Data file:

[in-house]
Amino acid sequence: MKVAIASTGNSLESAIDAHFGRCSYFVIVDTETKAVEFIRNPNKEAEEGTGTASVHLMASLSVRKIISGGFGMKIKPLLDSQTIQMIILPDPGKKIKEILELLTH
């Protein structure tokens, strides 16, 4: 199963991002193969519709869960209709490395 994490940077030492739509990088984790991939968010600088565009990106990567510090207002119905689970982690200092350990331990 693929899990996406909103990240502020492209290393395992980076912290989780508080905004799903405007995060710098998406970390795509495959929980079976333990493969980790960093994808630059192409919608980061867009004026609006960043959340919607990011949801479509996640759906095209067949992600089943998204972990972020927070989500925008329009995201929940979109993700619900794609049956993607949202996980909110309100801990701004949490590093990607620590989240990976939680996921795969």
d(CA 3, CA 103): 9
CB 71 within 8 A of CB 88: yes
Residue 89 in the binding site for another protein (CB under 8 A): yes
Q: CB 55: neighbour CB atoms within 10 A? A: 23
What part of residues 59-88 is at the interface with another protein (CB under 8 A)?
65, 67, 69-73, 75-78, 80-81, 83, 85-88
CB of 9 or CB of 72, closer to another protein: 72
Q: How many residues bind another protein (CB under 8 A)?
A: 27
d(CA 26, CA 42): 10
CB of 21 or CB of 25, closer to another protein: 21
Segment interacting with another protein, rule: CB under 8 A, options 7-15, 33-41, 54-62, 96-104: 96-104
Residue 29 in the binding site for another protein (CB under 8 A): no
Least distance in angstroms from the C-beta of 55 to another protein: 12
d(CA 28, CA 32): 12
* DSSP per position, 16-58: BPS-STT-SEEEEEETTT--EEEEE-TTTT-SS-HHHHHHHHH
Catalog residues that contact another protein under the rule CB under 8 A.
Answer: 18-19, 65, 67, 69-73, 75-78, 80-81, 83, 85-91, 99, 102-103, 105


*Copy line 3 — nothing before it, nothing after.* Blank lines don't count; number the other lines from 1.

């Protein structure tokens, strides 16, 4: 199963991002193969519709869960209709490395 994490940077030492739509990088984790991939968010600088565009990106990567510090207002119905689970982690200092350990331990 693929899990996406909103990240502020492209290393395992980076912290989780508080905004799903405007995060710098998406970390795509495959929980079976333990493969980790960093994808630059192409919608980061867009004026609006960043959340919607990011949801479509996640759906095209067949992600089943998204972990972020927070989500925008329009995201929940979109993700619900794609049956993607949202996980909110309100801990701004949490590093990607620590989240990976939680996921795969």